(director: Morgan Neville; cinematographer: Graham Willoughby; editors: Jeff Malmberg/Aaron Wickenden; music: Jonathan Kirkscey; cast: Fred Rogers, Joanne Rogers, John Rogers, Jim Rogers, George Wirth, François Clemmons, David Newell, Joe Negri, Jeff Erlanger; Runtime: 94; MPAA Rating: PG-13; producers: Caryn Capotosto/Nicholas Ma/Morgan Neville; Focus Features; 2018)

The documentary was a pure joy.”

Reviewed by Dennis Schwartz

Morgan Neville (“They’ll Love Me When I’m Dead”/”20 Feet from Stardom“) directs with love and admiration this gentle biopic on the iconic, cardigan-wearing, Fred Rogers, who hosted a wonderful children’s TV show on public television from 1967 until the early 2000s called “Mister Rogers’ Neighborhood.” The nice guy ordained Presbyterian minister from Pittsburgh had a great rapport with children and on the simple TV set, with hardly any props, became an unlikely star by doing what he felt was important–telling all children sincerely “you don’t have to do anything sensational to be loved.” The soft-spoken Rogers died in 2003, and the only criticism he received in his lifetime was baseless. It came from either misguided homophobes who accused him of being too tolerant to gays and some right-wing media folks who falsely accuse him of coddling and calling special an entire generation of Millennials. But there were no personal scandals and his kindness was shown to be both on and off the air, as attested to by his lovely wife Joanne and two grown sons Jim and John. It was amazing to see such a genuinely sweet person as a TV star, who cared about others, raised his voice against bigotry, was so great in his job and in conveying the importance of parents letting their children find a way to achieve self-worth. It makes you wonder why there are not more men like him as role models in the entertainment field and why those in the commercial TV industry don’t make a better effort to eliminate violent TV shows for children and give them more educational fare–ones where they do not target the kids as future consumers. The documentary was a pure joy. The universal message ascribed to Mr. Rogers comes from his heart, that clearly says “Love is at the root of everything…. Love or the lack of it.”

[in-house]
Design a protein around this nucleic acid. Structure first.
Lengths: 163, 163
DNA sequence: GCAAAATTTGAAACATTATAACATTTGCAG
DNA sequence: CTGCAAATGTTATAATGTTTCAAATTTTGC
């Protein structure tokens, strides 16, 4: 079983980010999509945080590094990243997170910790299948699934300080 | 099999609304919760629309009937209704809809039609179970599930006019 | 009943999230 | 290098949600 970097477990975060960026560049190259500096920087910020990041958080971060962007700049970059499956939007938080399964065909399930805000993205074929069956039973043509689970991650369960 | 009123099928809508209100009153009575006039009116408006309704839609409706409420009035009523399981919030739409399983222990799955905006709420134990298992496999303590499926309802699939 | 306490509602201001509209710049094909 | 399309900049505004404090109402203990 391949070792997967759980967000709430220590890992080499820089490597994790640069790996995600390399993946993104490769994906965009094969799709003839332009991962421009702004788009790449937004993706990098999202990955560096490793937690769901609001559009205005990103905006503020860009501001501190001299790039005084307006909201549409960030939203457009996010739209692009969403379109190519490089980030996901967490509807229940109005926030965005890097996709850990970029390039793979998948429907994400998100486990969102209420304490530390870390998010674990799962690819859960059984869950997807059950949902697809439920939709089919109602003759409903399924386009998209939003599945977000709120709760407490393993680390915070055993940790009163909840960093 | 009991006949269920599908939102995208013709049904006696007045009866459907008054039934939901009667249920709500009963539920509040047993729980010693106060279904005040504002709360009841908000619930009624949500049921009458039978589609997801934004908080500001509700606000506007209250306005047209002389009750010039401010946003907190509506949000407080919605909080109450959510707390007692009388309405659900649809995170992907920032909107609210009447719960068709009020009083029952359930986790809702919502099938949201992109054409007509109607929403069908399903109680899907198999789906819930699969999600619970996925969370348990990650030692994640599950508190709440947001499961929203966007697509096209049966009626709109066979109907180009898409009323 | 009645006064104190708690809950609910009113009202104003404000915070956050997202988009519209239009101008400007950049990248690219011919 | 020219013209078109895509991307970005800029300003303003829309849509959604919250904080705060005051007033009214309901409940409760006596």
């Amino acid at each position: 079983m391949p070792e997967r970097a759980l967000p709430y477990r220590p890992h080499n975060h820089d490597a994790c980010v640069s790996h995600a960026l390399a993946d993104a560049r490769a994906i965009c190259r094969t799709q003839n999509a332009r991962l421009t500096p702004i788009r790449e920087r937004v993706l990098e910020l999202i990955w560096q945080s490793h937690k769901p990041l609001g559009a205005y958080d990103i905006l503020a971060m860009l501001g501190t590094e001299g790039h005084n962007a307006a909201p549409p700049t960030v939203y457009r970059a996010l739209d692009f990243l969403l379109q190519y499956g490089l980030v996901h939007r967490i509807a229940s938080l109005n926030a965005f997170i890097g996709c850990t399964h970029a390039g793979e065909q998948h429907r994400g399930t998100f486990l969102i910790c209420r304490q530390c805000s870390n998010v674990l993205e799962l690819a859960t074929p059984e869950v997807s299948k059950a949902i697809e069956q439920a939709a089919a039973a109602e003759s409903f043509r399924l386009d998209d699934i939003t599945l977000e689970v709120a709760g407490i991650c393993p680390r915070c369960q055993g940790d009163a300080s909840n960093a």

REVIEWED ON 1/1/2019 GRADE: A    https://dennisschwartzreviews.com/

Dennis Schwartz: “Ozus’ World Movie Reviews”